That would be the classy thing to do.  Sure Gilbert is in denial, but perhaps he should he should have just kept it to himself. While people in Cleveland might appreciate Gilbert’s diatribe, it’s unlikely this does much for the Cav’s brand around the country.


Will Write for Food

Tuesday, June 15th, 2010

Early in my career, I landed the job as the assignment editor for a small computer magazine targeting the Digital Equipment (DEC) market. We wrote stories about the latest VAX computers and provided lots of tips about how to make then run more efficiently, or to lower costs. It didn’t seem too complicated…to me.

When I needed some writers, I decided to bring on a couple of friends from college on a freelance basis. These were journalists and I figured they could write about anything. Turns out, they couldn’t get their heads around VAX computers, and what’s more, they hated it.

From that experience, I learned that the ability to understand complex technology, and write clearly and articulately about it, is something of a valuable commodity.

So why do I bring this up? As it turns out, even to this day of pervasive tech, media outlets are still looking for good technical content. That is, they want content that provides the technical depth their readers are looking for, and at the same time is understandable even to non-experts.


Trendspotting in the SAP Ecosystem

Friday, June 4th, 2010

For those of us who work to build brands within the SAP ecosystem, one of the most important strategies is to ride whatever waves SAP is creating. The momentum SAP creates can push you along and help you be part of the discussion. Since SAP is promoting these themes, you’ll get much more support from their partner teams, and media types who are writing about these themes will be more receptive to pitches.

While the themes evolve over the course of year, SAP’s agenda for the coming year is laid out during the annual SAPPHIRE NOW events, which recently completed. The job of setting the agenda falls to the CEO, or in this case, co-CEOs Bill McDermott and Jim Hagermann Snabe.

Here are the main themes that emerged from the co-CEO’s 2010 keynotes.

  • Mobility – SAP is making a huge bet on mobile enablement of its platform with the acquisition of Sybase. While much is unknown about how this will play out, it’s not too soon to start thinking how your company’s products will mesh with mobile SAP applications.
  • On-Demand – According to Snabe, the SAP Business ByDemand will be ready for mass volume in July and you can bet that SAP will be pushing it hard, both as a complement to on-premise apps and as a solution for small- and mid-size enterprises.
  • Changing IT Stack – With social media and mobility, users are more empowered than ever before. This will require changes in the technology stack and a new generation of analytics to find knowledge. “This requires a complete new IT,” said Snabe. “This is an era that requires collaboration.” I suspect SAP will be articulating what this means in more depth in the coming months.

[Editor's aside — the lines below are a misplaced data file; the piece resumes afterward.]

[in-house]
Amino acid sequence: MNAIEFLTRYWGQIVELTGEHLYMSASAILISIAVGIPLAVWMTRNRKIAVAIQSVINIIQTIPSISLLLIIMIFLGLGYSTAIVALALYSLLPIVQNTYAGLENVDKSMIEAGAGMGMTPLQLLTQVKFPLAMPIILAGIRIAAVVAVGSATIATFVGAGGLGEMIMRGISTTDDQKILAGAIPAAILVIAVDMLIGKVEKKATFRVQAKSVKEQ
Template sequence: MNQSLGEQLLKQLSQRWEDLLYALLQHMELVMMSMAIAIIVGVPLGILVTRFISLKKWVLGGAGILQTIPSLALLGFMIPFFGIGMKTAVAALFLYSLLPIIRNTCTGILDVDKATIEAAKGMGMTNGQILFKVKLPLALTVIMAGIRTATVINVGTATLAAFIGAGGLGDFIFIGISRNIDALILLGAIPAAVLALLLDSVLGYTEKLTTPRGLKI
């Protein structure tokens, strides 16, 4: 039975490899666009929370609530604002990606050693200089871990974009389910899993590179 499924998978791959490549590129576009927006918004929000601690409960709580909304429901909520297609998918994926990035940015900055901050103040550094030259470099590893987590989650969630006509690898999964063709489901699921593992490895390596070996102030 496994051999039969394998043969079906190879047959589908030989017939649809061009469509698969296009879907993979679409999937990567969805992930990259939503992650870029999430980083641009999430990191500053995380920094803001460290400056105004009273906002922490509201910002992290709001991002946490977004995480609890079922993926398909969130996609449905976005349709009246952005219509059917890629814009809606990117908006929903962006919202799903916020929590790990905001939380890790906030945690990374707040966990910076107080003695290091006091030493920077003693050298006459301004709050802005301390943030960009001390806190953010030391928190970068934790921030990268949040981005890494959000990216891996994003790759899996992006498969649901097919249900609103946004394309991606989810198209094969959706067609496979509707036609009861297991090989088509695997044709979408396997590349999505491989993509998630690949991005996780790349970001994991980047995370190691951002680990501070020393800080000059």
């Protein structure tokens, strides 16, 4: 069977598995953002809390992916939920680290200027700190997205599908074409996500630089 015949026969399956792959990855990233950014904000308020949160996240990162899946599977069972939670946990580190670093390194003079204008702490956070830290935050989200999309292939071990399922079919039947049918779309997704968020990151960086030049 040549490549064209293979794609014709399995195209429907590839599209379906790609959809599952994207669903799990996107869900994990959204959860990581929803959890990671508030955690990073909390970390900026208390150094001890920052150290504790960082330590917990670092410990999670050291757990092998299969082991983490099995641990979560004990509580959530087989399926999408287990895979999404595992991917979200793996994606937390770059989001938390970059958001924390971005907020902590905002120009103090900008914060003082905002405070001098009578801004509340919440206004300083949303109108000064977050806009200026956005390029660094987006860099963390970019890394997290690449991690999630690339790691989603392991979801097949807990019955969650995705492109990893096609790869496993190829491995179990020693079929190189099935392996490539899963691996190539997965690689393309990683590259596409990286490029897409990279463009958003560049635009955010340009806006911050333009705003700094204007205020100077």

Unlike some years past when the media response from SAPPHIRE has been somewhat to even highly negative, the majority of coverage I’ve seen this year has been positive and upbeat. The media enjoyed SAPPHIRE and believe that McDermott and Snabe along with a re-energized Hasso Plattner have SAP headed in the right direction. After a couple of down years, it looks like IT spending is about to rebound and SAP – and with partners who play their cards correctly – are poised to take advantage.

Ten Buzz Building PR Strategies for Software Up-and-Comers

Thursday, May 20th, 2010

Nearly ten years ago when I was part of the SAP public relations team, I remember sitting in the SAPPHIRE press room observing the various activities going on. One interaction stands out.  A marketer from a partner company had just dropped off his press kit (this was back when we still did paper press kits), and happened to see the name badge for a Computerworld reporter.

The marketer practically did a back flip and buttonholed the reporter into talking to him. The response from the reporter was not good. His body language said irritation. He didn’t take notes and he didn’t want a business card or a press kit.  He absolutely was not interested in what the partner company had to say. His job was to talk to SAP executives, analysts and a few customers. No one else mattered.

Ten years ago, tech pubs had budget and reporters had manageable beats – and they still didn’t want to talk to small companies. Now, the situation has gotten worse.  Far worse. Publications are cutting staff, or just going out of business, and are consumed about what drives clicks. Needless to say SAP, IBM, Microsoft, Apple or Google drive a lot more clicks than a small company – even one with awesome technology – that few have ever heard about.

So what is a marketer, like the one at SAPPHIRE, supposed to do to generate some visibility on a limited budget?  Here are 10 tips that do not include accosting busy reporters in the hallway at trade shows.